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What makes weekend allied health services effective and cost-effective (or not) in acute medical and surgical wards? Perceptions of medical, nursing, and allied health workers

Overview of attention for article published in BMC Health Services Research, May 2017
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About this Attention Score

  • In the top 5% of all research outputs scored by Altmetric
  • High Attention Score compared to outputs of the same age (94th percentile)

Mentioned by

twitter
55 tweeters

Citations

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3 Dimensions

Readers on

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19 Mendeley
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Title
What makes weekend allied health services effective and cost-effective (or not) in acute medical and surgical wards? Perceptions of medical, nursing, and allied health workers
Published in
BMC Health Services Research, May 2017
DOI 10.1186/s12913-017-2279-z
Pubmed ID
Authors

Lisa O’Brien, Deb Mitchell, Elizabeth H. Skinner, Romi Haas, Marcelle Ghaly, Fiona McDermott, Kerry May, Terry Haines

Abstract

There is strong public support for acute hospital services to move to genuine 7-day models, including access to multidisciplinary team assessment. This study aimed to identify factors that might enable an effective and cost-effective weekend allied health services on acute hospital wards. This qualitative study included 22 focus groups within acute wards with a weekend allied health service and 11 telephone interviews with weekend service providers. Data were collected from 210 hospital team members, including 17 medical, 97 nursing, and 96 allied health professionals from two Australian tertiary public hospitals. All were recorded and imported into nVivo 10 for analysis. Thematic analysis methods were used to develop a coding framework from the data and to identify emerging themes. Key themes identified were separated into issues perceived as being enablers or barriers to the effective or cost-effective delivery of weekend allied health services. Perceived enablers of effectiveness and cost-effectiveness included prioritizing interventions that prevent decline, the right person delivering the right service, improved access to the patient's family, and ability to impact patient flow. Perceived barriers were employment of inexperienced weekend staff, insufficient investment to see tangible benefit, inefficiencies related to double-handling, unnecessary interventions and/or inappropriate referrals, and difficulty recruiting and retaining skilled staff. Suggestions for ensuring effective and cost effective weekend allied health care models include minimization of task duplication and targeting interventions so that the right patients receive the right interventions at the right time. Further research into the effectiveness and cost effectiveness of these services should factor in hidden costs, including those associated with managing the service.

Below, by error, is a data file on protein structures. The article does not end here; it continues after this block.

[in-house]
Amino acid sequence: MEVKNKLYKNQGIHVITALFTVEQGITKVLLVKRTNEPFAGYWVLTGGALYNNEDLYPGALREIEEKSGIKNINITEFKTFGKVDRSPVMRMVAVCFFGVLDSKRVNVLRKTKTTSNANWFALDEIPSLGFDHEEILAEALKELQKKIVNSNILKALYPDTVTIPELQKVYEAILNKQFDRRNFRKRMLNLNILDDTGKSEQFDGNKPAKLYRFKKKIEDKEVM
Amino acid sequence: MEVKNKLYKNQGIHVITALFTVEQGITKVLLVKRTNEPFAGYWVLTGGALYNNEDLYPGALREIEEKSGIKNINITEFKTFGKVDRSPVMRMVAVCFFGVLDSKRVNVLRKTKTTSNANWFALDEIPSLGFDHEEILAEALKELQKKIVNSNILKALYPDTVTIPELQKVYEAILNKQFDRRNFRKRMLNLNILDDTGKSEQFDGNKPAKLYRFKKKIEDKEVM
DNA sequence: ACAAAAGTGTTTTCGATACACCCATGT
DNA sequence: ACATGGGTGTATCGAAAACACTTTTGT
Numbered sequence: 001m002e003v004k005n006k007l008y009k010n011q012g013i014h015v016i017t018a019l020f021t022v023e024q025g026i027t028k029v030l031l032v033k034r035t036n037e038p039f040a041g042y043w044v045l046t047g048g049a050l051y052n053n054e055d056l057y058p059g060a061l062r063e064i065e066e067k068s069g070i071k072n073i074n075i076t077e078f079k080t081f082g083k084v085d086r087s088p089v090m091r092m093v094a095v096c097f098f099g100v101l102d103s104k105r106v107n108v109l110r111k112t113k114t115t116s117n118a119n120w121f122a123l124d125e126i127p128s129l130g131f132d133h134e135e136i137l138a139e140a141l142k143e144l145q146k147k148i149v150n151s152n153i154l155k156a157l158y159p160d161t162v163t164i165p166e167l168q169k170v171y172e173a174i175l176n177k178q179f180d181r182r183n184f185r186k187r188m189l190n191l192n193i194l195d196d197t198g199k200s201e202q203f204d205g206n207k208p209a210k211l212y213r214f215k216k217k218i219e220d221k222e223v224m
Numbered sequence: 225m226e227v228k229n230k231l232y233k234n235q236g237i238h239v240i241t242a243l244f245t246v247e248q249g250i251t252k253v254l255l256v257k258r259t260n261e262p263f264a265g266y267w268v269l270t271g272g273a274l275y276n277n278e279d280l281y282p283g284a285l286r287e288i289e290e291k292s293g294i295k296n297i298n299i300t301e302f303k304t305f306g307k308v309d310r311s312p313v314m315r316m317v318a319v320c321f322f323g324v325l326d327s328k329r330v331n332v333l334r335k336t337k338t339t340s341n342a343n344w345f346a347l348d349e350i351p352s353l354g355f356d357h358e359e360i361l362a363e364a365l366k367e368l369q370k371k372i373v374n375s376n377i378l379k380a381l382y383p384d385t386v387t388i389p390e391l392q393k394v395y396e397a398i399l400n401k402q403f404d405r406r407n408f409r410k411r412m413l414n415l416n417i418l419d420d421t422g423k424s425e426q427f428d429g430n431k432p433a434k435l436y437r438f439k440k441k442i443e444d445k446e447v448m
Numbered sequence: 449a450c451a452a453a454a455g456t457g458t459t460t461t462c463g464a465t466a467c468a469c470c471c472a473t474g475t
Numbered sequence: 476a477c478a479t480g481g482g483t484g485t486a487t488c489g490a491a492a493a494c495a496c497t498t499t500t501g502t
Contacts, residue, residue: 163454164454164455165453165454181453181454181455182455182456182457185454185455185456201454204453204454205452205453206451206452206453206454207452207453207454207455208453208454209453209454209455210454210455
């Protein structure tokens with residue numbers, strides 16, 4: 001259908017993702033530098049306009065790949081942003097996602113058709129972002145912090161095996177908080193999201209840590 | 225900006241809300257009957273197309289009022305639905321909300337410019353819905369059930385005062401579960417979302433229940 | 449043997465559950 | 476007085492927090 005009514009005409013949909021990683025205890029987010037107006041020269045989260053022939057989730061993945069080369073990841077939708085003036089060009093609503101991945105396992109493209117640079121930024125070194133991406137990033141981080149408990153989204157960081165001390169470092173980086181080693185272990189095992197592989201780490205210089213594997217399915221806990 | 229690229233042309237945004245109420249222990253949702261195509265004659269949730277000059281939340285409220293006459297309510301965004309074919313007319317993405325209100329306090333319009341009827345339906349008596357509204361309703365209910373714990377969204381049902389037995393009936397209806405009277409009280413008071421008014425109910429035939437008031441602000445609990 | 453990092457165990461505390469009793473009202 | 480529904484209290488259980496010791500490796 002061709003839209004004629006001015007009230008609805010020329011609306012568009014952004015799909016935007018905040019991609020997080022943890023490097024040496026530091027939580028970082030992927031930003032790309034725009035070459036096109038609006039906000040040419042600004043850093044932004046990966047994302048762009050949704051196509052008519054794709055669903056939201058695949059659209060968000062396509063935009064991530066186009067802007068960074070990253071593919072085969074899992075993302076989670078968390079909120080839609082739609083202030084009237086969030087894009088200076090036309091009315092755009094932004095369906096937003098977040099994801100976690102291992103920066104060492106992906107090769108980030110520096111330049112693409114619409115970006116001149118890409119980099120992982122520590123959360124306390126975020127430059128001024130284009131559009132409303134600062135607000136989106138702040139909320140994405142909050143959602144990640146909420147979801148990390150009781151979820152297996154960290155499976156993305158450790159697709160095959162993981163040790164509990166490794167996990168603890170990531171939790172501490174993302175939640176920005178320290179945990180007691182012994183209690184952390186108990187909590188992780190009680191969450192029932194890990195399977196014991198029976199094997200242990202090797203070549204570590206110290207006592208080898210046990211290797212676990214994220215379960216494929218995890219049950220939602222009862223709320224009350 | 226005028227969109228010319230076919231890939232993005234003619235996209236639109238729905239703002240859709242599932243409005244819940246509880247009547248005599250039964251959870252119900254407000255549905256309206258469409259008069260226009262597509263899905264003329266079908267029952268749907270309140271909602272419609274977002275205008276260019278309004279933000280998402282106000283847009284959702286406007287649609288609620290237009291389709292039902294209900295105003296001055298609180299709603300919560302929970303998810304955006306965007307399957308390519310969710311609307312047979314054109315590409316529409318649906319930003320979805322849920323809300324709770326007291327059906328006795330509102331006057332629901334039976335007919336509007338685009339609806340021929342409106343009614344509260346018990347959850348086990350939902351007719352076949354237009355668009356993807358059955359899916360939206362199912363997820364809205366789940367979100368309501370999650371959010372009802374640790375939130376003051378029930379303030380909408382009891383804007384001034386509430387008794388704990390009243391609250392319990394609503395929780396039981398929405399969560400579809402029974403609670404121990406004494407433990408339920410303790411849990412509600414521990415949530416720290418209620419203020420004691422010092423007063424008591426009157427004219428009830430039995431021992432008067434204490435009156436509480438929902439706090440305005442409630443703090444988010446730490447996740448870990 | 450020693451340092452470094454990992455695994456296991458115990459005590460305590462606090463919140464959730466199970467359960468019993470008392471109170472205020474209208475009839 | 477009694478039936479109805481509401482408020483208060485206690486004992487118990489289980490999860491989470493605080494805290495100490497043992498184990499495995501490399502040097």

Twitter Demographics

The data shown below were collected from the profiles of 55 tweeters who shared this research output. Click here to find out more about how the information was compiled.

Mendeley readers

The data shown below were compiled from readership statistics for 19 Mendeley readers of this research output. Click here to see the associated Mendeley record.

Geographical breakdown

Country Count As %
Unknown 19 100%

Demographic breakdown

Readers by professional status Count As %
Student > Master 5 26%
Student > Ph. D. Student 3 16%
Student > Bachelor 3 16%
Student > Doctoral Student 3 16%
Other 2 11%
Other 3 16%
Readers by discipline Count As %
Medicine and Dentistry 6 32%
Nursing and Health Professions 5 26%
Unspecified 4 21%
Economics, Econometrics and Finance 1 5%
Psychology 1 5%
Other 2 11%

Attention Score in Context

This research output has an Altmetric Attention Score of 42. This is our high-level measure of the quality and quantity of online attention that it has received. This Attention Score, as well as the ranking and number of research outputs shown below, was calculated when the research output was last mentioned on 27 July 2017.
All research outputs
#391,956
of 13,168,092 outputs
Outputs from BMC Health Services Research
#90
of 4,387 outputs
Outputs of similar age
#15,245
of 263,797 outputs
Outputs of similar age from BMC Health Services Research
#1
of 4 outputs
Altmetric has tracked 13,168,092 research outputs across all sources so far. Compared to these this one has done particularly well and is in the 97th percentile: it's in the top 5% of all research outputs ever tracked by Altmetric.
So far Altmetric has tracked 4,387 research outputs from this source. They typically receive a little more attention than average, with a mean Attention Score of 6.5. This one has done particularly well, scoring higher than 97% of its peers.
Older research outputs will score higher simply because they've had more time to accumulate mentions. To account for age we can compare this Altmetric Attention Score to the 263,797 tracked outputs that were published within six weeks on either side of this one in any source. This one has done particularly well, scoring higher than 94% of its contemporaries.
We're also able to compare this research output to 4 others from the same source and published within six weeks on either side of this one. This one has scored higher than all of them